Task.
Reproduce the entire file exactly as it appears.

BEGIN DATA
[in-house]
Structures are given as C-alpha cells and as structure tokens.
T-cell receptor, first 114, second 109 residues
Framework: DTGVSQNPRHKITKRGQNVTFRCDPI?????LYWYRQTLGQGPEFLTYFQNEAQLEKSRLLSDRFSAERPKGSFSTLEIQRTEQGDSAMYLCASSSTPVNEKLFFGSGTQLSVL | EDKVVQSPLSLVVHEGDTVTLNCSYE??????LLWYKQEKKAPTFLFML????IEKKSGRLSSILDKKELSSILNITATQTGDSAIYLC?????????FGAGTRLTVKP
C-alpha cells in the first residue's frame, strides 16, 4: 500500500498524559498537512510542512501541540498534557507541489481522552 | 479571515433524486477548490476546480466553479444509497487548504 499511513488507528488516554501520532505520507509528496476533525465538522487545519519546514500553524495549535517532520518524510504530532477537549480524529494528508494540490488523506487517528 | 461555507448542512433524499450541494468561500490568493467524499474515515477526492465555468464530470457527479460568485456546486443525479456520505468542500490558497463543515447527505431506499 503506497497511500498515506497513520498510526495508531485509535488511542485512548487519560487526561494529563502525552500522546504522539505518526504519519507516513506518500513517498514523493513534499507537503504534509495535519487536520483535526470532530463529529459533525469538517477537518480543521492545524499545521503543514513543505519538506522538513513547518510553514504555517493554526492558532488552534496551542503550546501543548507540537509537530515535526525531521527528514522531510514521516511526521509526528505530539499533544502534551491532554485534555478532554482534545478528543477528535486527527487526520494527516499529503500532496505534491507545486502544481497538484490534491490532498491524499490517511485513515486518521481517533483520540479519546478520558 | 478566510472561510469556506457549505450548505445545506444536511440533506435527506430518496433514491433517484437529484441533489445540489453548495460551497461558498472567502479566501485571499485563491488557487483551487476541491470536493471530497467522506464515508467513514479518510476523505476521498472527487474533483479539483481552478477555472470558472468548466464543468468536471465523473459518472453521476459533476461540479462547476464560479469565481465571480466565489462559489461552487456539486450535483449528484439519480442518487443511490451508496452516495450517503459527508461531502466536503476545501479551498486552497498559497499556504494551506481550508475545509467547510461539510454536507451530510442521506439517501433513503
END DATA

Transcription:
[in-house]
Structures are given as C-alpha cells and as structure tokens.
T-cell receptor, first 114, second 109 residues
Framework: DTGVSQNPRHKITKRGQNVTFRCDPI?????LYWYRQTLGQGPEFLTYFQNEAQLEKSRLLSDRFSAERPKGSFSTLEIQRTEQGDSAMYLCASSSTPVNEKLFFGSGTQLSVL | EDKVVQSPLSLVVHEGDTVTLNCSYE??????LLWYKQEKKAPTFLFML????IEKKSGRLSSILDKKELSSILNITATQTGDSAIYLC?????????FGAGTRLTVKP
C-alpha cells in the first residue's frame, strides 16, 4: 500500500498524559498537512510542512501541540498534557507541489481522552 | 479571515433524486477548490476546480466553479444509497487548504 499511513488507528488516554501520532505520507509528496476533525465538522487545519519546514500553524495549535517532520518524510504530532477537549480524529494528508494540490488523506487517528 | 461555507448542512433524499450541494468561500490568493467524499474515515477526492465555468464530470457527479460568485456546486443525479456520505468542500490558497463543515447527505431506499 503506497497511500498515506497513520498510526495508531485509535488511542485512548487519560487526561494529563502525552500522546504522539505518526504519519507516513506518500513517498514523493513534499507537503504534509495535519487536520483535526470532530463529529459533525469538517477537518480543521492545524499545521503543514513543505519538506522538513513547518510553514504555517493554526492558532488552534496551542503550546501543548507540537509537530515535526525531521527528514522531510514521516511526521509526528505530539499533544502534551491532554485534555478532554482534545478528543477528535486527527487526520494527516499529503500532496505534491507545486502544481497538484490534491490532498491524499490517511485513515486518521481517533483520540479519546478520558 | 478566510472561510469556506457549505450548505445545506444536511440533506435527506430518496433514491433517484437529484441533489445540489453548495460551497461558498472567502479566501485571499485563491488557487483551487476541491470536493471530497467522506464515508467513514479518510476523505476521498472527487474533483479539483481552478477555472470558472468548466464543468468536471465523473459518472453521476459533476461540479462547476464560479469565481465571480466565489462559489461552487456539486450535483449528484439519480442518487443511490451508496452516495450517503459527508461531502466536503476545501479551498486552497498559497499556504494551506481550508475545509467547510461539510454536507451530510442521506439517501433513503